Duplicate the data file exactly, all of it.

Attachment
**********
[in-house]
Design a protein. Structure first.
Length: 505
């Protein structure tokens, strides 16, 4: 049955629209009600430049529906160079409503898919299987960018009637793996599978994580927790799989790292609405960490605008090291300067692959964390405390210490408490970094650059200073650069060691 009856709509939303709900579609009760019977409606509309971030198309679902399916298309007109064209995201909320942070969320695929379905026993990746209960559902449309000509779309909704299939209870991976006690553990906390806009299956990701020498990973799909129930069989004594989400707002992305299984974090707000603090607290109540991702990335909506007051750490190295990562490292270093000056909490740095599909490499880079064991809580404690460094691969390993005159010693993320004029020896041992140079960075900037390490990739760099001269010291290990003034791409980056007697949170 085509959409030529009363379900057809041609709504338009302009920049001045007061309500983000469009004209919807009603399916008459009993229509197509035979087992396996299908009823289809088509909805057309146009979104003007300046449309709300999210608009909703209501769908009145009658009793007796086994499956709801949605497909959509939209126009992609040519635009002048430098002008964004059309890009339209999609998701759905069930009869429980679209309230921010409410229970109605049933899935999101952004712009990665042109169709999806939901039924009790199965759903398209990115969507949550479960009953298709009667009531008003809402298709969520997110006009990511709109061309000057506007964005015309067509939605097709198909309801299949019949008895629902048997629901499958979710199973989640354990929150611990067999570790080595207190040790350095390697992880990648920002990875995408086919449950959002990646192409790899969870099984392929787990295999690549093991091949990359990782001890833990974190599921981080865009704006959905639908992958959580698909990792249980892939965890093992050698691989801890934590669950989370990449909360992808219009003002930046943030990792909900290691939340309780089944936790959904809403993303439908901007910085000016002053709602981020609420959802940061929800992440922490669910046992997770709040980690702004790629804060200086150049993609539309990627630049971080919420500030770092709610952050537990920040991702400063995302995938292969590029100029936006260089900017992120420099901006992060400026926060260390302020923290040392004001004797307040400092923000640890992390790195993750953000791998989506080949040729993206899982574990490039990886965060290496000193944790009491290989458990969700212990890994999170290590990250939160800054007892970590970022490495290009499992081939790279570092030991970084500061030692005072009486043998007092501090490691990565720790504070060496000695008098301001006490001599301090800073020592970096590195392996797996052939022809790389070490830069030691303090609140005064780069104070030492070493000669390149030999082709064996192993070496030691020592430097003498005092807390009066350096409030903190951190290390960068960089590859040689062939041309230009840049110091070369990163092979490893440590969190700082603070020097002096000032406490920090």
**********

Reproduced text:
[in-house]
Design a protein. Structure first.
Length: 505
């Protein structure tokens, strides 16, 4: 049955629209009600430049529906160079409503898919299987960018009637793996599978994580927790799989790292609405960490605008090291300067692959964390405390210490408490970094650059200073650069060691 009856709509939303709900579609009760019977409606509309971030198309679902399916298309007109064209995201909320942070969320695929379905026993990746209960559902449309000509779309909704299939209870991976006690553990906390806009299956990701020498990973799909129930069989004594989400707002992305299984974090707000603090607290109540991702990335909506007051750490190295990562490292270093000056909490740095599909490499880079064991809580404690460094691969390993005159010693993320004029020896041992140079960075900037390490990739760099001269010291290990003034791409980056007697949170 085509959409030529009363379900057809041609709504338009302009920049001045007061309500983000469009004209919807009603399916008459009993229509197509035979087992396996299908009823289809088509909805057309146009979104003007300046449309709300999210608009909703209501769908009145009658009793007796086994499956709801949605497909959509939209126009992609040519635009002048430098002008964004059309890009339209999609998701759905069930009869429980679209309230921010409410229970109605049933899935999101952004712009990665042109169709999806939901039924009790199965759903398209990115969507949550479960009953298709009667009531008003809402298709969520997110006009990511709109061309000057506007964005015309067509939605097709198909309801299949019949008895629902048997629901499958979710199973989640354990929150611990067999570790080595207190040790350095390697992880990648920002990875995408086919449950959002990646192409790899969870099984392929787990295999690549093991091949990359990782001890833990974190599921981080865009704006959905639908992958959580698909990792249980892939965890093992050698691989801890934590669950989370990449909360992808219009003002930046943030990792909900290691939340309780089944936790959904809403993303439908901007910085000016002053709602981020609420959802940061929800992440922490669910046992997770709040980690702004790629804060200086150049993609539309990627630049971080919420500030770092709610952050537990920040991702400063995302995938292969590029100029936006260089900017992120420099901006992060400026926060260390302020923290040392004001004797307040400092923000640890992390790195993750953000791998989506080949040729993206899982574990490039990886965060290496000193944790009491290989458990969700212990890994999170290590990250939160800054007892970590970022490495290009499992081939790279570092030991970084500061030692005072009486043998007092501090490691990565720790504070060496000695008098301001006490001599301090800073020592970096590195392996797996052939022809790389070490830069030691303090609140005064780069104070030492070493000669390149030999082709064996192993070496030691020592430097003498005092807390009066350096409030903190951190290390960068960089590859040689062939041309230009840049110091070369990163092979490893440590969190700082603070020097002096000032406490920090």